My hubby sent me an email a few weeks ago with a link to this post on a blog that we read. The blog post title was what really caught my email- causing me to read it right away.
I believe it offers some really though provoking things, and has certainly given me encouragement to make it a priority to filter books that my kids will be bringing home from the library one day.
What a joy it is to be part of the fight to preserve biblical manhood and womanhood - starting with teaching my children from infancy what pop culture pushes VS what the bible teaches.
Here is the post, just copy and pasted below:
Feminist Pirates? Thoughts on Children's Books, Housework, and Biblical Womanhood
October 20, 2009
Sometimes my sons and I bring home a library book that we later discover "doesn't please God." The book then goes back into our blue canvas library bag until we can return it.
This week, we had one such book, called Pirate Girl, by Cornelia Funke.
It's the story of the fierce pirates of the Horrible Haddock. All are men, given to drunkenness and carousing. They get overtaken by Barbarous Bertha and her band of all women pirates. Bertha and her crew conquer the men and sentence them to a life of scrubbing decks, peeling vegetables, and polishing Bertha's shoes.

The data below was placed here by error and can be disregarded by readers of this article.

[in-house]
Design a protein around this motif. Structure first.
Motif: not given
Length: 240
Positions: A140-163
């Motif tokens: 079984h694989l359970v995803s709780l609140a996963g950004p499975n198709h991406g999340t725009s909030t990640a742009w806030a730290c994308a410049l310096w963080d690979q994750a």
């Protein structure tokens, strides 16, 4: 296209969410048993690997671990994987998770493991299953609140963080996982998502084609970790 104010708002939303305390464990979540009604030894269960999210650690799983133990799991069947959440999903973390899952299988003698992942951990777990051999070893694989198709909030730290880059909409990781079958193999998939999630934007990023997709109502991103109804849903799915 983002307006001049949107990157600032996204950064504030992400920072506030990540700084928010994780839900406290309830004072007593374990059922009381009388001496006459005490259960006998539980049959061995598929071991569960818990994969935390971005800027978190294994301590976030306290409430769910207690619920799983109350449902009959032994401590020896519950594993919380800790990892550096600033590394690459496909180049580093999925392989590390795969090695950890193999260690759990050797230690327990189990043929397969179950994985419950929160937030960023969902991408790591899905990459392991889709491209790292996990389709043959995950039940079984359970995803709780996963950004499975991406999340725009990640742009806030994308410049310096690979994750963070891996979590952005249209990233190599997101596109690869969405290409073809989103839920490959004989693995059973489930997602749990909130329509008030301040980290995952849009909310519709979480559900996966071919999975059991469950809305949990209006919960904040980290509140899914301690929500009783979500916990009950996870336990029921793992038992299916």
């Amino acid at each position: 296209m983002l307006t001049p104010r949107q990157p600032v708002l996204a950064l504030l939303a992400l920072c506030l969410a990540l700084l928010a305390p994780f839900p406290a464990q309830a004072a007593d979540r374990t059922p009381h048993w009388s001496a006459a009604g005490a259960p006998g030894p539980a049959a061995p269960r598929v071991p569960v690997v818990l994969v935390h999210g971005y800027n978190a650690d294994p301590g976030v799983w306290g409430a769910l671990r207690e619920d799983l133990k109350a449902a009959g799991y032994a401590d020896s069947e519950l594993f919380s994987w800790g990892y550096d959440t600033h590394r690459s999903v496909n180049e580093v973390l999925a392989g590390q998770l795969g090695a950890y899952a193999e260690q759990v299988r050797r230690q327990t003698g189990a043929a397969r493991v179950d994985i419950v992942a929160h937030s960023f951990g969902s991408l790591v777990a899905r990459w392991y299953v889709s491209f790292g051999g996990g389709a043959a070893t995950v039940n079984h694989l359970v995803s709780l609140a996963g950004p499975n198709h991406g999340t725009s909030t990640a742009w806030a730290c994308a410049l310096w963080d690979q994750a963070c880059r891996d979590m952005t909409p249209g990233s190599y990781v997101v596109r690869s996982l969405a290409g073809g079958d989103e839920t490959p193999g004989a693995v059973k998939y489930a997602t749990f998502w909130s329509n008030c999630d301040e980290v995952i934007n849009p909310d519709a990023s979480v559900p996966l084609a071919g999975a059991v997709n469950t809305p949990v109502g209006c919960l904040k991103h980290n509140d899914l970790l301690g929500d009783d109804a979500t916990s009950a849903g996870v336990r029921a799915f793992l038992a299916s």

I explained to my two young sons, "This book does not please God. It's trying to teach us that women should be more like men and men should be more like women. But God teaches us that He made men and women different, and that's a good thing."
That was sufficient explanation for my 4-year-old and 2-year-old. But the book still had me thinking. Scrubbing decks, peeling vegetables, and polishing shoes? In Pirate Girl, these tasks are punishment. They are repressive duties, fit only for slaves.
The book keeps coming back to my mind because, in our home, I peel the potatoes and I scrub the floors. I don't polish shoes, but I do polish bath fixtures and mirrors!
In a feminist worldview, these tasks are only a worthy occupation if one gets paid for the labor. I do these tasks, plus an endless list of other household jobs, without pay. I want my sons to know that the work I do is neither punishment nor oppression, and that my time and abilities would not be better spent elsewhere.
I do these things out of devotion to my family, that they would have a peaceful, nourishing, well-ordered home. And I do these tasks out of devotion to my Lord, for the Bible portrays the quiet, hidden service of women in the home as beautiful and valuable, and as an important means to the spread of the gospel of Jesus Christ.
Father God, give us discerning eyes and ears, that we may catch worldly messages and snuff them out before they take root in our children's hearts. Lord, may my service in my home be a fragrant offering to you. Give me a heart of joy and thanksgiving, that you have given me so much work to do! May my daily work be a blessing to my husband and children, and be a testimony of your saving grace in my life.
Thanks to the Gender Blog